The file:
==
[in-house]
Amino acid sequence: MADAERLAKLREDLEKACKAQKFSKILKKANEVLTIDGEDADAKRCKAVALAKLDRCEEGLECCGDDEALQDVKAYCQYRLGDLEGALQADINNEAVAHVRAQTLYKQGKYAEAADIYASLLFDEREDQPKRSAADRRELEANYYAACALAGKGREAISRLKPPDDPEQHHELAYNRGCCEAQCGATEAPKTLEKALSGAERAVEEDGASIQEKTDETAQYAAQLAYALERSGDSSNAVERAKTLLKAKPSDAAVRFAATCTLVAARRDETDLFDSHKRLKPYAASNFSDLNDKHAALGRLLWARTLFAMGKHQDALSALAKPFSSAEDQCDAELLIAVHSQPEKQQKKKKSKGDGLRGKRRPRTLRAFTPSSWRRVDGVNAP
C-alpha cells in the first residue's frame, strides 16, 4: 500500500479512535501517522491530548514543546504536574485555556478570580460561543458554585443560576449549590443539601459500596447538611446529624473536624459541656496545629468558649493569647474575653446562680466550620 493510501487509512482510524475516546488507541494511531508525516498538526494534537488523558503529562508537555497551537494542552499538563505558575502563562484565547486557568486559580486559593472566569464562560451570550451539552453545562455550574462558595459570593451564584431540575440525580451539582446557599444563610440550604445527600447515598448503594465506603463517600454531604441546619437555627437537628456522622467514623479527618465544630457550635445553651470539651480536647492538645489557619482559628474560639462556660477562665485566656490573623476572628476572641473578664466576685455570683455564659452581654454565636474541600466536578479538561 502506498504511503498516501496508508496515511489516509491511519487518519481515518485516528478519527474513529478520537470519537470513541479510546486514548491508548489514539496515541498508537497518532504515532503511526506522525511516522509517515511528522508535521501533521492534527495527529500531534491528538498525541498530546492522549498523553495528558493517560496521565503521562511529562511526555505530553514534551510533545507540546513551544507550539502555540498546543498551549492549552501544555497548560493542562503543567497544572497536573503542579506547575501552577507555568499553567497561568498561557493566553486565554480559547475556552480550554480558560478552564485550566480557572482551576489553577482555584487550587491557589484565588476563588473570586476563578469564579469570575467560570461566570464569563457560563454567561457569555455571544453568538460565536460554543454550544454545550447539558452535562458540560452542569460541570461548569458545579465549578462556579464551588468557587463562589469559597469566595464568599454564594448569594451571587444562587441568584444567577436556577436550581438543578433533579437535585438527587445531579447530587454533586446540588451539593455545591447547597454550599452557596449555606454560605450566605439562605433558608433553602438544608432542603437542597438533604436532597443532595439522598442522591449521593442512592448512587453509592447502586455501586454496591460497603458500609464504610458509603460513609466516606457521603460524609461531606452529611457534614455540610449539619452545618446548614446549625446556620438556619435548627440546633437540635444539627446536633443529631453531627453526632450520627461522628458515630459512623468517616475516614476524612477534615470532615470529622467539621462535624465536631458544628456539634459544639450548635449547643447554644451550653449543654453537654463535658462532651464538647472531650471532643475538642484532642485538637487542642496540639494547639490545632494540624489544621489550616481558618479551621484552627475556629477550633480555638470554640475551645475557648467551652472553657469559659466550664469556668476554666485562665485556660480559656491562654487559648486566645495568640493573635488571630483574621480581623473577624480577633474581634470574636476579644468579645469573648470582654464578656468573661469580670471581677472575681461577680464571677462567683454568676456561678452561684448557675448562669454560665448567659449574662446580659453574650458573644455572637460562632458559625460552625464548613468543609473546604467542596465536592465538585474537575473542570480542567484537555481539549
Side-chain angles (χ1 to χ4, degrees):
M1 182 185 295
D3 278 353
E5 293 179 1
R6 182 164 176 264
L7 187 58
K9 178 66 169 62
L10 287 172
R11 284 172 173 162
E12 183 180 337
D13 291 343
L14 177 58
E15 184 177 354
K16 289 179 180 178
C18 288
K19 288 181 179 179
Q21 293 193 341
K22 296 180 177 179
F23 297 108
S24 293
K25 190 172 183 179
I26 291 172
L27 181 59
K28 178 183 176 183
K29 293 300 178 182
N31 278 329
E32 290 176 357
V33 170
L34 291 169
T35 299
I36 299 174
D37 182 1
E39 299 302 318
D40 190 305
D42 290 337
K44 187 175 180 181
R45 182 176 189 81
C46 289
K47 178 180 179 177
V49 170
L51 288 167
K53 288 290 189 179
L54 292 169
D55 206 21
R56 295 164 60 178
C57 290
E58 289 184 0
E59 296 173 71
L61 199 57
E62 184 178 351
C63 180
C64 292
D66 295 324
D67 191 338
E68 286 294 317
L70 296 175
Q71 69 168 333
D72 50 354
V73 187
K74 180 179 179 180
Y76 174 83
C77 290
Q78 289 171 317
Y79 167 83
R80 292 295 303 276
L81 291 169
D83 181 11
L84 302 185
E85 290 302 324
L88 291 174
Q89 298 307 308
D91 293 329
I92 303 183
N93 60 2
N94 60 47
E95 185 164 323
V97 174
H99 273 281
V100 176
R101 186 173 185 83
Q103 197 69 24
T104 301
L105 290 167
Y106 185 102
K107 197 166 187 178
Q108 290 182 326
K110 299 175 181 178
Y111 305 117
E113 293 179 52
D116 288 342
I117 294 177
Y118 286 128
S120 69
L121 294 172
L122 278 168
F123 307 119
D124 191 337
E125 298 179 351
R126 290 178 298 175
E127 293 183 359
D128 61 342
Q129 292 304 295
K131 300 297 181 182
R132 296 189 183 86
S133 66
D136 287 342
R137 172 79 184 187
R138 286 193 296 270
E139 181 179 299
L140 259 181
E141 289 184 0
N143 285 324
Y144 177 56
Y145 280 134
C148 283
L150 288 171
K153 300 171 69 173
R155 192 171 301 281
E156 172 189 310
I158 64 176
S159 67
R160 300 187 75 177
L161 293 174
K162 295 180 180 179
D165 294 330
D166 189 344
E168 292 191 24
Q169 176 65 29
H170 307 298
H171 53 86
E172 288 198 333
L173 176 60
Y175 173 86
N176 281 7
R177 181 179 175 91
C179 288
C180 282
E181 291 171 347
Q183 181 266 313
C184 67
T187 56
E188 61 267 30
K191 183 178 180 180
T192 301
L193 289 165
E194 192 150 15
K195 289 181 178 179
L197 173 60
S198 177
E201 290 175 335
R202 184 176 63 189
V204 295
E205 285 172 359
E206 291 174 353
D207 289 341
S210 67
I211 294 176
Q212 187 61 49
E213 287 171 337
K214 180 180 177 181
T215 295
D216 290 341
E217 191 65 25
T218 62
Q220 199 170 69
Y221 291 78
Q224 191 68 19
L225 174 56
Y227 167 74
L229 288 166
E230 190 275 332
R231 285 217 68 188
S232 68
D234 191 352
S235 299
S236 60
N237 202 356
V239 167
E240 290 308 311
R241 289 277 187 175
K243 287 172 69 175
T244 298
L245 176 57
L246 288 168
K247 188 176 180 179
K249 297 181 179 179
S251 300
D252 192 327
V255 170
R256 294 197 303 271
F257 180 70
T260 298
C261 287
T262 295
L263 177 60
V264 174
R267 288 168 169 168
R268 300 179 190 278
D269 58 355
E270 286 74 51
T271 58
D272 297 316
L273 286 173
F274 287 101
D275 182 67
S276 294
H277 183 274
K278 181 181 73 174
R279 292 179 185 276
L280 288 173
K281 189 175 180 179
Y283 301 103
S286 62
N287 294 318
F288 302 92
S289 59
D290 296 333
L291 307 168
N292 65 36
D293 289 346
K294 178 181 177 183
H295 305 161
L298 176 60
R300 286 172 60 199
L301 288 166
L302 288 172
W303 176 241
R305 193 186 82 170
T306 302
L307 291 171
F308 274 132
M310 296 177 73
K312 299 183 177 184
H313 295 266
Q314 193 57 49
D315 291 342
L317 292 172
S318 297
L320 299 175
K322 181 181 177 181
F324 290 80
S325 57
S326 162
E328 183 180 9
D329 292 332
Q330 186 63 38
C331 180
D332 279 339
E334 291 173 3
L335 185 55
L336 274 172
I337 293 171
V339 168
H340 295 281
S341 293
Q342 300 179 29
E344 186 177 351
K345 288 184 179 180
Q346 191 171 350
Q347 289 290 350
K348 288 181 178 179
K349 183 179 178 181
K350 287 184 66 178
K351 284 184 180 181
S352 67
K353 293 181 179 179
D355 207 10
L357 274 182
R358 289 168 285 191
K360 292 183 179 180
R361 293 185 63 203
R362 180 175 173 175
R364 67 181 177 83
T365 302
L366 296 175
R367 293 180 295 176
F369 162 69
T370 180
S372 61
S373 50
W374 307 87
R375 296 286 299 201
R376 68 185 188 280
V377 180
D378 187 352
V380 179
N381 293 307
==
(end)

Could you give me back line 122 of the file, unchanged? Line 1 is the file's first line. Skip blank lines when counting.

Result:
E156 172 189 310